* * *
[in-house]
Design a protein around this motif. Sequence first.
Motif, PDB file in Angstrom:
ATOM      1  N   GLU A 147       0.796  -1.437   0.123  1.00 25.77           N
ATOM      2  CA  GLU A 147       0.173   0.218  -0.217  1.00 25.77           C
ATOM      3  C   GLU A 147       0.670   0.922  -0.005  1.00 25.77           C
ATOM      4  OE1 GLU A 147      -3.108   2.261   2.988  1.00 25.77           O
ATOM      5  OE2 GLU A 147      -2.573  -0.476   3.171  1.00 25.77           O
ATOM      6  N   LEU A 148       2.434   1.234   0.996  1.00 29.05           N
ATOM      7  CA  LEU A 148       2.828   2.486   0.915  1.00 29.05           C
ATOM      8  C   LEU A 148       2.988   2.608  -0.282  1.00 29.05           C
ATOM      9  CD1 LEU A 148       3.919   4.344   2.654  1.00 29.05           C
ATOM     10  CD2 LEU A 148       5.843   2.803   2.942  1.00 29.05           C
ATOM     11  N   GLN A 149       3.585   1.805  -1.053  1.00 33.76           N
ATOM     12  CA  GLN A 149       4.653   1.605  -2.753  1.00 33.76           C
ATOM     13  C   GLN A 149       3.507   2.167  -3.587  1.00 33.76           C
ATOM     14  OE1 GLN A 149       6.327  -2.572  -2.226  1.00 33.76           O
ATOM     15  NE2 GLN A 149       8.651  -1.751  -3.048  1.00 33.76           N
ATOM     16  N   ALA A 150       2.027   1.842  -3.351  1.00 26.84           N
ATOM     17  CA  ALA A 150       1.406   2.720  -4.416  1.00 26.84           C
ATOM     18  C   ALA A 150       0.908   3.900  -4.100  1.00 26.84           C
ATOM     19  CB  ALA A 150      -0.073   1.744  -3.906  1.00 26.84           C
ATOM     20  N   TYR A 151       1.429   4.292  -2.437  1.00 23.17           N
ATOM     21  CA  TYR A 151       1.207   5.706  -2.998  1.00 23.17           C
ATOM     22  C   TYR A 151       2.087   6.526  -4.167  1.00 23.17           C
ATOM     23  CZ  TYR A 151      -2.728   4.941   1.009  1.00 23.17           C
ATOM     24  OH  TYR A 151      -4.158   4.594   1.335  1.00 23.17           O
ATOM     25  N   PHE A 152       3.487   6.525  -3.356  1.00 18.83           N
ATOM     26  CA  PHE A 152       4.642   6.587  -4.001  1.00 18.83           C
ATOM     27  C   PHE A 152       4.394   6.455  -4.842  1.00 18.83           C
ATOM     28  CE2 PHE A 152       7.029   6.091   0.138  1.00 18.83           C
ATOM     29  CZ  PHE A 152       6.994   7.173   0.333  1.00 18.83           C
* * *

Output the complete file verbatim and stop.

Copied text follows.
[in-house]
Design a protein around this motif. Sequence first.
Motif, PDB file in Angstrom:
ATOM      1  N   GLU A 147       0.796  -1.437   0.123  1.00 25.77           N
ATOM      2  CA  GLU A 147       0.173   0.218  -0.217  1.00 25.77           C
ATOM      3  C   GLU A 147       0.670   0.922  -0.005  1.00 25.77           C
ATOM      4  OE1 GLU A 147      -3.108   2.261   2.988  1.00 25.77           O
ATOM      5  OE2 GLU A 147      -2.573  -0.476   3.171  1.00 25.77           O
ATOM      6  N   LEU A 148       2.434   1.234   0.996  1.00 29.05           N
ATOM      7  CA  LEU A 148       2.828   2.486   0.915  1.00 29.05           C
ATOM      8  C   LEU A 148       2.988   2.608  -0.282  1.00 29.05           C
ATOM      9  CD1 LEU A 148       3.919   4.344   2.654  1.00 29.05           C
ATOM     10  CD2 LEU A 148       5.843   2.803   2.942  1.00 29.05           C
ATOM     11  N   GLN A 149       3.585   1.805  -1.053  1.00 33.76           N
ATOM     12  CA  GLN A 149       4.653   1.605  -2.753  1.00 33.76           C
ATOM     13  C   GLN A 149       3.507   2.167  -3.587  1.00 33.76           C
ATOM     14  OE1 GLN A 149       6.327  -2.572  -2.226  1.00 33.76           O
ATOM     15  NE2 GLN A 149       8.651  -1.751  -3.048  1.00 33.76           N
ATOM     16  N   ALA A 150       2.027   1.842  -3.351  1.00 26.84           N
ATOM     17  CA  ALA A 150       1.406   2.720  -4.416  1.00 26.84           C
ATOM     18  C   ALA A 150       0.908   3.900  -4.100  1.00 26.84           C
ATOM     19  CB  ALA A 150      -0.073   1.744  -3.906  1.00 26.84           C
ATOM     20  N   TYR A 151       1.429   4.292  -2.437  1.00 23.17           N
ATOM     21  CA  TYR A 151       1.207   5.706  -2.998  1.00 23.17           C
ATOM     22  C   TYR A 151       2.087   6.526  -4.167  1.00 23.17           C
ATOM     23  CZ  TYR A 151      -2.728   4.941   1.009  1.00 23.17           C
ATOM     24  OH  TYR A 151      -4.158   4.594   1.335  1.00 23.17           O
ATOM     25  N   PHE A 152       3.487   6.525  -3.356  1.00 18.83           N
ATOM     26  CA  PHE A 152       4.642   6.587  -4.001  1.00 18.83           C
ATOM     27  C   PHE A 152       4.394   6.455  -4.842  1.00 18.83           C
ATOM     28  CE2 PHE A 152       7.029   6.091   0.138  1.00 18.83           C
ATOM     29  CZ  PHE A 152       6.994   7.173   0.333  1.00 18.83           C